China constructed the world’s largest 22,000 MW hydro-electric plant for $25bn. Nigeria spent $35.45bn for 2,500 MW. Up till this morning in almost all of Nigeria, supply of electricity has ceased. I heard that in the country today, there is megawatts of darkness and gigabytes of excuses from government. What happened to all the money expended on power? It melted like ice-cream in the oven of waste and corruption. Those who bought the Power Holding Company of Nigeria would have to come tell Muhammadu Buhari soon what they’ve done with the company since ownership changed.

The federal and state governments historically have been water-hoses of waste in different shapes and forms. What is the role of a Minister of State where there is a Permanent Secretary in a ministry? What are the assignments of the retinue of aides other than functioning as human answering machines? Personal Assistants to ministers and governors have Personal Assistants who also have Personal Assistants. A Commissioner’s driver also has a driver and a Chief Security Officer with a small cabinet and an executive council that meets in Iya Sikira’s bush-meat restaurant once a month. Wage bills of some states have increased by about 300 per cent without a provision for a cushion to absorb the bloat. Between May 1999 and December 2010, government spent N15.6tn on maintenance of public servants most of whom are very redundant and unproductive. These guys do nothing in government but to carry out some fiendish flimflam.

A narrow gauge railway is one with a track gauge measuring between 600 mm (1 ft 11 5⁄8 in) and 3 ft 6 in (1,067 mm). A standard gauge measures about 1,435 mm (4 ft 8 1⁄2 in). But our government awarded the contract for a monolithic system that was abandoned in the United States and the United Kingdom almost 200 years ago. It’s a wasteful and delusional nation that will award contracts for a narrow gauge and locomotive engine in the 21st century when globally, nations have embraced the faster and more efficient standard gauge. Five years from today, the original project (if completed) will be scrapped; and a do-over contract will be awarded again in a sham scheme that will only grease the palms of some political cronies.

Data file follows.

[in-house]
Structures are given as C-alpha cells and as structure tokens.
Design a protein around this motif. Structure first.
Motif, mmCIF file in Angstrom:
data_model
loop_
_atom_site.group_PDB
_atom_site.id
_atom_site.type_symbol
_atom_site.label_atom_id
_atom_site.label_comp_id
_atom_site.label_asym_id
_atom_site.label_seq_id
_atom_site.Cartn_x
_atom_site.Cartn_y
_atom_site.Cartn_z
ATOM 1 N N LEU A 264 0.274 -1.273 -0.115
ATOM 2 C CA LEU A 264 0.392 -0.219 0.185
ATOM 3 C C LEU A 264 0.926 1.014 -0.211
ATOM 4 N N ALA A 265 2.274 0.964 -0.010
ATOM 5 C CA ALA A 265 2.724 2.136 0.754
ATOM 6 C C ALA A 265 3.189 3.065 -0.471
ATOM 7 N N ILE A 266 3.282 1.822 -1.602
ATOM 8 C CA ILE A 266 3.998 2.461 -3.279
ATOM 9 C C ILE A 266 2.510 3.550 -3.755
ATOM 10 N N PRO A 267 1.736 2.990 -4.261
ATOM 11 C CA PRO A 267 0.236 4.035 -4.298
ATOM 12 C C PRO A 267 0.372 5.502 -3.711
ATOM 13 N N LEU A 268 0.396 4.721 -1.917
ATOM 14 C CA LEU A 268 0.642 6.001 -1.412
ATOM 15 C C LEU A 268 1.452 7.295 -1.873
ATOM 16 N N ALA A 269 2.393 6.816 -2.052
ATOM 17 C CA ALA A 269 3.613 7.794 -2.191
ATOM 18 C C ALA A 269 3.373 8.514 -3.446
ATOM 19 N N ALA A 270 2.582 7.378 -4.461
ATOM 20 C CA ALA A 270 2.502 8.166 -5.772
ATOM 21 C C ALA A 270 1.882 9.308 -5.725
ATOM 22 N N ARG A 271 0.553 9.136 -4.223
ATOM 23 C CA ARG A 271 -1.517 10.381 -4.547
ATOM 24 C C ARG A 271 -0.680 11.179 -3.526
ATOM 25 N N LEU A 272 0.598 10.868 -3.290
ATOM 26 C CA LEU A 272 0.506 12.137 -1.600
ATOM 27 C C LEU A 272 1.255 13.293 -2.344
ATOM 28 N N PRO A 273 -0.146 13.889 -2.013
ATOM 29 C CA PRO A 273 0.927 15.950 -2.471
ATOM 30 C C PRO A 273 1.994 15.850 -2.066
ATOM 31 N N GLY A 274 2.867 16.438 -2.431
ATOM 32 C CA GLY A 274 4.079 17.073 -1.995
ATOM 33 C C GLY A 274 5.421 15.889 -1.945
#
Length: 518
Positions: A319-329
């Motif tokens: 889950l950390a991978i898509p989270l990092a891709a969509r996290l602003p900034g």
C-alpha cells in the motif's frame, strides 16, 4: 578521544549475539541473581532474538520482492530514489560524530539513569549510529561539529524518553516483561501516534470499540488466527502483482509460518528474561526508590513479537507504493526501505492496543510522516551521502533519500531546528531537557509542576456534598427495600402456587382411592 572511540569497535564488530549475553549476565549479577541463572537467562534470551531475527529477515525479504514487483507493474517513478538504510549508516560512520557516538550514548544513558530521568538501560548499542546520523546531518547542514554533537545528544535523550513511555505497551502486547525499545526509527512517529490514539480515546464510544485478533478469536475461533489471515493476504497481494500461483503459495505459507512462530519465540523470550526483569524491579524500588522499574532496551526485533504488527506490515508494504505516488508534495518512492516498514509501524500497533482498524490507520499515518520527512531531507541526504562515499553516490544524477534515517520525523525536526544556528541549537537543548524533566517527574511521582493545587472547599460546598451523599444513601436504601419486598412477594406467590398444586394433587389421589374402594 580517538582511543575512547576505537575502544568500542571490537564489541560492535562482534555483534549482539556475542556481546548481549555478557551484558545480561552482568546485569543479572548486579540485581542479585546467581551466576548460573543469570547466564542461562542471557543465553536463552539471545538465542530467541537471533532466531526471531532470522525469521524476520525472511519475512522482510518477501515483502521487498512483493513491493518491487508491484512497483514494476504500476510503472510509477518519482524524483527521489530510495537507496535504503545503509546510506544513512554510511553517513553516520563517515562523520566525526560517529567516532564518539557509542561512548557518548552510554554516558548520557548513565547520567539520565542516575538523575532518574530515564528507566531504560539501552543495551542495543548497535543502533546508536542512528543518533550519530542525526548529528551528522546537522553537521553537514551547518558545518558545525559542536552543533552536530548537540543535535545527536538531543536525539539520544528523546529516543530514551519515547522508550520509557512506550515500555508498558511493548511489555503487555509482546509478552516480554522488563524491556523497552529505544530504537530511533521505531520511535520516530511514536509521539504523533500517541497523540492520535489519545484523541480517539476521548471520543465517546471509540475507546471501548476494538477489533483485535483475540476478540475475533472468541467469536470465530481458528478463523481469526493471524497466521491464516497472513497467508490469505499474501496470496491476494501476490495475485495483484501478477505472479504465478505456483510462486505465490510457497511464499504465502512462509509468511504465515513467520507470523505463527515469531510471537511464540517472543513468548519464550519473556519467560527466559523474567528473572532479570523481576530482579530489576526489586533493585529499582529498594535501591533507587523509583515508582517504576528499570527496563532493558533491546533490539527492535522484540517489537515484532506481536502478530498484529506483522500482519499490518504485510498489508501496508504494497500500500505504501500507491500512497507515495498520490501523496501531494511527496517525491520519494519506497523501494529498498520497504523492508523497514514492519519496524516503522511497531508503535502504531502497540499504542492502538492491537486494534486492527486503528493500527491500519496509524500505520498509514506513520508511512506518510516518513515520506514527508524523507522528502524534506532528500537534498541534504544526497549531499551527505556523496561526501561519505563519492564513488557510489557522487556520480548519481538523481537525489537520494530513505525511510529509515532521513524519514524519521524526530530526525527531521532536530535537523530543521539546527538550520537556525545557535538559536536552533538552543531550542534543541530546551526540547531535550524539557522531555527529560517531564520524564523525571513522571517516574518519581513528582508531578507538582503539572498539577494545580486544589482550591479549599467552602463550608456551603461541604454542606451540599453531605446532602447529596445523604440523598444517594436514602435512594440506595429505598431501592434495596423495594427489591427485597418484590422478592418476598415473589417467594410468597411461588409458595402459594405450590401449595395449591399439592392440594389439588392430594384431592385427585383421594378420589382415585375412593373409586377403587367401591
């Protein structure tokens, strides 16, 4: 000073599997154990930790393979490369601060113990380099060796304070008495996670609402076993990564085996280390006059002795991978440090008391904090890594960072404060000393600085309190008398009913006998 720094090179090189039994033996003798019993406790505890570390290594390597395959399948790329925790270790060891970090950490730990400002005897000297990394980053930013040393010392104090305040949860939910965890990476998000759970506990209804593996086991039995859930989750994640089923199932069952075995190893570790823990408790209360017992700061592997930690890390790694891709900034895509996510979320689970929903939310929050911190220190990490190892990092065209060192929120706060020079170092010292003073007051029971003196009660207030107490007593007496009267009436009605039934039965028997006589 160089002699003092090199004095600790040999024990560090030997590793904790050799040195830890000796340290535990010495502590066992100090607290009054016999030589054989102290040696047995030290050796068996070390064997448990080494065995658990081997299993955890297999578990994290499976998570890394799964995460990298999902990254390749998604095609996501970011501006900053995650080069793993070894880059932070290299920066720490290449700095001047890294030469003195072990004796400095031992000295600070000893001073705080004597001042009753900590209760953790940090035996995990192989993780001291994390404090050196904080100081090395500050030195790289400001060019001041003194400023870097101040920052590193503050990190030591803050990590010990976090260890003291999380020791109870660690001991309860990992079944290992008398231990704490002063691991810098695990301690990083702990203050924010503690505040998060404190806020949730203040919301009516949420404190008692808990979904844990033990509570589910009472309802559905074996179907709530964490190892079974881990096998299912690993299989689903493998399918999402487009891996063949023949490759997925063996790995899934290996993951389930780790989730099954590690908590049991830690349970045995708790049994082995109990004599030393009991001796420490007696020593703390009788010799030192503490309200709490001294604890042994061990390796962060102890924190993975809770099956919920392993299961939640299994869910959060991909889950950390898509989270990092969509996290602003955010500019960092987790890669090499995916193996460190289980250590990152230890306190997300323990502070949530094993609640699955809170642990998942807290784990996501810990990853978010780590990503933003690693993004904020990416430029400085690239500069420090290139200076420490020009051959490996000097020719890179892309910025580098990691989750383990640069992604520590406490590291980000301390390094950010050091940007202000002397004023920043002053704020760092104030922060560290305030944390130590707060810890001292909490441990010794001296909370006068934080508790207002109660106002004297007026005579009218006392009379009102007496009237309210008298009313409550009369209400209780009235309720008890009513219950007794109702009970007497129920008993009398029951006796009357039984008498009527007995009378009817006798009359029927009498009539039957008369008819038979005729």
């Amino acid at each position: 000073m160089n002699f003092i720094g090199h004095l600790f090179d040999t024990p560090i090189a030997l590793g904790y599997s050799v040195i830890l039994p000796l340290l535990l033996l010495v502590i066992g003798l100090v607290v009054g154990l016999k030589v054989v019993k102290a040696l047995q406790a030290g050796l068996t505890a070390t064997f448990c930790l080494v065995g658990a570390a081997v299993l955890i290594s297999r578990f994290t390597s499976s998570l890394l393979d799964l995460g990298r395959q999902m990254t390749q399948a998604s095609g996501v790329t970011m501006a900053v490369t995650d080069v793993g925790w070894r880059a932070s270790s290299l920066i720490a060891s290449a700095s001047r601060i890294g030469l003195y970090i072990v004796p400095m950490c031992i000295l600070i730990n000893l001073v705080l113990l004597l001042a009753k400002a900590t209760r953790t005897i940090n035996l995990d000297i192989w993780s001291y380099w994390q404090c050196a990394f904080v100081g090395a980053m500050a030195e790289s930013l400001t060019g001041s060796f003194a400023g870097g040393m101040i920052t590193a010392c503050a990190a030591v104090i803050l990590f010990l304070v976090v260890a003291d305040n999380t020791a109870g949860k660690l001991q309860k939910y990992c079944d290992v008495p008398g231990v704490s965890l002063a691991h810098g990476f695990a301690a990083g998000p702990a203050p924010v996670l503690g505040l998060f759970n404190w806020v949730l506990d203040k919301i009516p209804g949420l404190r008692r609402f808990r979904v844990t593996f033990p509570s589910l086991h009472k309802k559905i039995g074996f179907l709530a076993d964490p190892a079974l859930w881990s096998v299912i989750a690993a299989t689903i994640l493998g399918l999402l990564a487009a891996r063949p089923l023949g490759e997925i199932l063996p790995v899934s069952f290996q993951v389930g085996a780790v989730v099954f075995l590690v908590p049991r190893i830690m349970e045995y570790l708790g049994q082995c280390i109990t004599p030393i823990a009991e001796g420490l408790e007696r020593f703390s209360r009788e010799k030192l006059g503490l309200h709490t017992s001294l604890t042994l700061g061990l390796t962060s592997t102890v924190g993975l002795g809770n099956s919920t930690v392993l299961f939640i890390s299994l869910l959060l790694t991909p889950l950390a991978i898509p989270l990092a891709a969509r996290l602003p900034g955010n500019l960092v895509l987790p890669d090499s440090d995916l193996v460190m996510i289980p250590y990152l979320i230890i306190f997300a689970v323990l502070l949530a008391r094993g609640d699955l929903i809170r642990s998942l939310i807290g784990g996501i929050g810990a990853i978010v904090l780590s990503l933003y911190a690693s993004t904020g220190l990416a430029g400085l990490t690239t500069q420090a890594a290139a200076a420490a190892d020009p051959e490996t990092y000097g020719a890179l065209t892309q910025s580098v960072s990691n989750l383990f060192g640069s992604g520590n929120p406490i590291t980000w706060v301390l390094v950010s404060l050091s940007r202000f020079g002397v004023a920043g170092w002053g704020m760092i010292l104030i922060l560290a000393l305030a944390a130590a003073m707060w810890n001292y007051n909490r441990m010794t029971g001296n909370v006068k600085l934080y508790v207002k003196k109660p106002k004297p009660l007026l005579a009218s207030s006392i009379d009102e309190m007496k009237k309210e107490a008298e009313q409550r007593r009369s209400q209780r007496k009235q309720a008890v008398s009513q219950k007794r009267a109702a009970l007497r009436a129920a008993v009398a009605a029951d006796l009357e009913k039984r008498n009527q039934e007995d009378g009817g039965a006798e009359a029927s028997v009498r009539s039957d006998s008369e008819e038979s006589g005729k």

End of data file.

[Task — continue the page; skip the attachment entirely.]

Annually, Nigeria burns its natural gas worth up to $2.5bn. We refuse to source market for the product and we aren’t developing technology to keep it underground. The whole Niger Delta territory lights up in flames emitting humongous amounts of carbon dioxide from flares that keep uncontrollably flaring. When the air is polluted with this element, all manner of diseases begin to afflict the almost 10 million people who reside in this area that has no functioning hospital that I can compare to the walk-in 24 hours clinic two blocks from my house in Hartford. Some of the gas flares we heard have been burning for almost 40 years. Do you call this waste? Not me! I call it delusion and dementia.

I do not agree with President-elect Buhari when he told some elders that he became President at the “wrong time”. No, Buhari is here for such a time as this. This is the right time and the choice of 15 million people was a good one. Nigeria is at the edge of the cliff overlooking a Grand Canyon of gully and Gehenna, and we must not plunge in headlong! No doubt, Buhari will need all the help he can get from God and man to bring remedies. By God, he will get help. Help for him is help for all Nigerians everywhere in the world. His modest lifestyle will encourage plugging many holes of waste in the system. Buhari will lead, and we will follow. When he identifies the holes and plug them, then we can chant it the way they do in Hawaii saluting the arrival of a friend; ALOHA, CHANGE!